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3: Mass Transport Mechanisms

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    The faradaic current that flows at any time is a direct measure of the rate of the electrochemical reaction taking place at the electrode. Further, the current itself is dependent upon two things:

    1. the rate at which material gets from the bulk of solution to the electrode, known as mass transport, and
    2. the rate at which electrons can transfer across the interface, or charge transfer kinetics.

    These two processes are inexorably intertwined in the flow of current.

    There are three basic mechanisms of mass transport:

    • Diffusion – defined as the spontaneous movement of any material from where it is to where it is not
    • Migration – the movement of charged particles in an electric field
    • Convection – movement of material contained within a volume element of stirred (hydrodynamic) solution


    The random movement of molecules from a region of high concentration to regions of lower concentration, shown in Figure 7 for one dimension, is called diffusion. The rate at which a molecule diffuses is dependent upon the difference in concentration between two points in solution, called the concentration gradient, and on the diffusion coefficient, \(D\), which has a characteristic value for a specific solution species at fixed temperature.

    The random movement of molecules from a region of high concentration to regions of lower concentration is shown for one dimension, is called diffusion

    Figure 7

    This movement of a chemical species under the influence of a concentration gradient is described by Fick’s first law. A particle i will diffuse through a cross-sectional area as a function of the concentration gradient across the selected area. Flux, as particles per unit time across the given segment, is expressed as Ji according to

    \[J_i = -D_i \dfrac{∂C_i}{∂x}\]

    where \(∂C_i / ∂x\) expresses the concentration gradient and \(D_i\) the diffusion coefficient for particle \(i\).


    The movement of charged particles in response to a local electric field is called migration. The contribution of migration to the total flux is proportional to the charge of the ion, the ion concentration, the diffusion coefficient, and the magnitude of the electric field gradient experienced by the ion. A change in the applied potential to a solid electrode in a solution containing ions affects charge migration as illustrated in Figure 8 for increasing negative charge at the electrode surface.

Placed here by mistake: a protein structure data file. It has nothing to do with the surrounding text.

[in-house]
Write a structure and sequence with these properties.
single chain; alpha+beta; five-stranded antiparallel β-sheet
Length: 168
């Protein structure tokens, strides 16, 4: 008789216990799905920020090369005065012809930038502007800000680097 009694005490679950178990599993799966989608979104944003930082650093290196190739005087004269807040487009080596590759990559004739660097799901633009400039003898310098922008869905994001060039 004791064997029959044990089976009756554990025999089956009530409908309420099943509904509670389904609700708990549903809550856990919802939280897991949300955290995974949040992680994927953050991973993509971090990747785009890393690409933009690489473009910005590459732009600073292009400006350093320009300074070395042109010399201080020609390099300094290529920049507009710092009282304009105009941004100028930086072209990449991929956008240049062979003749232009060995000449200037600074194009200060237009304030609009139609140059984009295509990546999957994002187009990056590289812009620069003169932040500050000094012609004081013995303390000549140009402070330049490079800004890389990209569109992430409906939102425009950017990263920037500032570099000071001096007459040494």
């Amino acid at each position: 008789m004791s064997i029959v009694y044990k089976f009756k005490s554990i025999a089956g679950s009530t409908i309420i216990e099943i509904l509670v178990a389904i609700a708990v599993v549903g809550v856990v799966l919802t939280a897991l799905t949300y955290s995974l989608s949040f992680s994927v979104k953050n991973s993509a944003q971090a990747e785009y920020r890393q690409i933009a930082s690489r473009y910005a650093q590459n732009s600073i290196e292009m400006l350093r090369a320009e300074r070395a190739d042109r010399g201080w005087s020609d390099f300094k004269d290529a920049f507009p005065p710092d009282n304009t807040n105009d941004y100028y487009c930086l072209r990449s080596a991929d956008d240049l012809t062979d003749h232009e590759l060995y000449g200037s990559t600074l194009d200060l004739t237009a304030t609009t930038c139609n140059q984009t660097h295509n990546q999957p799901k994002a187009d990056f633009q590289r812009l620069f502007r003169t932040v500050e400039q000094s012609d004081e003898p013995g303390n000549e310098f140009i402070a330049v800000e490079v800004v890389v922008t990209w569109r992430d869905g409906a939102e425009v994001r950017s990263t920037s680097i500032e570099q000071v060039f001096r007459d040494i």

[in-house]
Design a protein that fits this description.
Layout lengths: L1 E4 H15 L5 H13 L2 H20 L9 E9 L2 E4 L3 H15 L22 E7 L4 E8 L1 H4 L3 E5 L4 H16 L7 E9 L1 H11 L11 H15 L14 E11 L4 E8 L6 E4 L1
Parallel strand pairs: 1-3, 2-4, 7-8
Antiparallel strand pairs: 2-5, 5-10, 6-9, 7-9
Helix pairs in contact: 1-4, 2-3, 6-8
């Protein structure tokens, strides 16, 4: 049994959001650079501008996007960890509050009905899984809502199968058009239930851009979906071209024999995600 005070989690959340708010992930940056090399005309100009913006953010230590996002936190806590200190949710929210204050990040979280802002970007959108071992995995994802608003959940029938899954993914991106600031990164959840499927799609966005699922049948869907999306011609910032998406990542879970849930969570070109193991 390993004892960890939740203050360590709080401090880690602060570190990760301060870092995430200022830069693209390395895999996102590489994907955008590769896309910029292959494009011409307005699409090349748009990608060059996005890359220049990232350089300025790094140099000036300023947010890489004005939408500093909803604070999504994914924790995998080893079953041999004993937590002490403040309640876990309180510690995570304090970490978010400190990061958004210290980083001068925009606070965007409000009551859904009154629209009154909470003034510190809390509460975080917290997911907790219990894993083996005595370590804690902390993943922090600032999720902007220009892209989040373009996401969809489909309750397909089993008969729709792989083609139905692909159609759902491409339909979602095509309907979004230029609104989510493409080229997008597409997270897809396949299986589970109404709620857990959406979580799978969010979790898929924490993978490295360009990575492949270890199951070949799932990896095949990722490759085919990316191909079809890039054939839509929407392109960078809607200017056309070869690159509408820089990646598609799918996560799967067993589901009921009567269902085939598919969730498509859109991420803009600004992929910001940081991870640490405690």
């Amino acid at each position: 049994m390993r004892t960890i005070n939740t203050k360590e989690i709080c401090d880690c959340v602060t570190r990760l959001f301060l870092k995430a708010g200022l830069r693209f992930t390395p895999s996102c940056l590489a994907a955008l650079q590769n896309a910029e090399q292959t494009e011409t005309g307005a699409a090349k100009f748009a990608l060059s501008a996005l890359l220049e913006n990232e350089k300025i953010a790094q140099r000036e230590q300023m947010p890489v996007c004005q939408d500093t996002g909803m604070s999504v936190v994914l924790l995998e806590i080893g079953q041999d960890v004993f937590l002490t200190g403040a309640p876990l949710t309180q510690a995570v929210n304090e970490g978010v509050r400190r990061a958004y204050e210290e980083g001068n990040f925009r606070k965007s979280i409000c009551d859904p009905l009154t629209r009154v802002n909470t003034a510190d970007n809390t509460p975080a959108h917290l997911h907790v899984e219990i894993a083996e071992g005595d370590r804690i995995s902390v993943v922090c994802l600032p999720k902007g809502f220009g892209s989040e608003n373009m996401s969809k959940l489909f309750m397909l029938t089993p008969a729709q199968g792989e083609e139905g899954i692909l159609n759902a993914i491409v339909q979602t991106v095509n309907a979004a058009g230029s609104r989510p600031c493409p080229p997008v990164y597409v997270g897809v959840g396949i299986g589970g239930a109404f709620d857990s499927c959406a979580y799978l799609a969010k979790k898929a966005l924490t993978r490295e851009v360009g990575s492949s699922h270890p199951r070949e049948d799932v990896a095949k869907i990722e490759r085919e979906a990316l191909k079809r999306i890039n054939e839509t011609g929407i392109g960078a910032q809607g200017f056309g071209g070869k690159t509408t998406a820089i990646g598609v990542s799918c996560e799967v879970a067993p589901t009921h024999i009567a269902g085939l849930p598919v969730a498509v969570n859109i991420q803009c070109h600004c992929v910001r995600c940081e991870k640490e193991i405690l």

A change in the applied potential to a solid electrode in a solution containing ions affects charge migration as illustrated for increasing negative charge at the electrode surface.

    Figure 8


    The movement of fluids is described by hydrodynamics. Convection as it applies to electrochemistry is forced movement of solution species by mechanical (stirring) or other means. The rate at which a solution is stirred can generally be controlled, with the convective contribution (in one dimension) to total flux of a species described in terms of its hydrodynamic velocity, νx. The effect of stirring a solution is shown in Figure 9.


    Figure 9

    Total Mass Transport

    The total mass transport of material, or flux, to an electrode is described for one dimension by the Nernst-Planck equation

    \[\mathrm{J_{(x,t)} = -[D (∂C_{(x,t)} / ∂x)] - [(zF/ RT)\: D\: C_{(x,t)}](∂φ_{(x,t)} / ∂x) + C_{(x,t)}ν_{x\, (x,t)}}\]

    where J is the flux (mol cm-2 s-1), D is the diffusion coefficient of the solution species (cm2/s), C is the concentration of the species (mol/cm3), φ is the electrostatic potential, and νx is the hydrodynamic velocity. The Nernst-Planck equation combines the individual contributions from diffusion (concentration gradient), migration (electric field), and convection (hydrodynamic velocity). This equation shows that the flux of material towards the electrode surface is proportional to either of three slopes of concentration, electrostatic potential, or hydrodynamic velocity, all as a function of distance from the electrode surface.

    Electrochemical experiments can be designed to eliminate the contributions of electrostatic potential and hydrodynamic velocity to the overall flux of electroactive species, limiting mass transport to the contribution from diffusion. The currents resulting from these experiments can then be classified as diffusion controlled.

    Contributions from migration can be effectively eliminated by adding an inert electrolyte to the solution at a 10 – 100 fold excess with respect to the redox couple of interest. The electric field between the two electrodes involved in the measurement is dissipated over all of the ions in solution and not just the electroactive material. Under these conditions, the contribution of migration to the observed current is < 1%. Contributions from convection can be reduced or eliminated by working in quiet (unstirred) solutions. With careful control of external vibration and temperature, diffusion controlled measurements for up to 20 seconds or so can be made without significant convective effects.

    The flux can then be related to the observed current at the working electrode by

    \[\mathrm{i_t = n\, F\, A\, D\, (∂C_i / ∂x) │_{x = 0}}\]

    where A is the electrode area (cm2), and other symbols have their previous meaning. We will investigate this relationship further in the next section.

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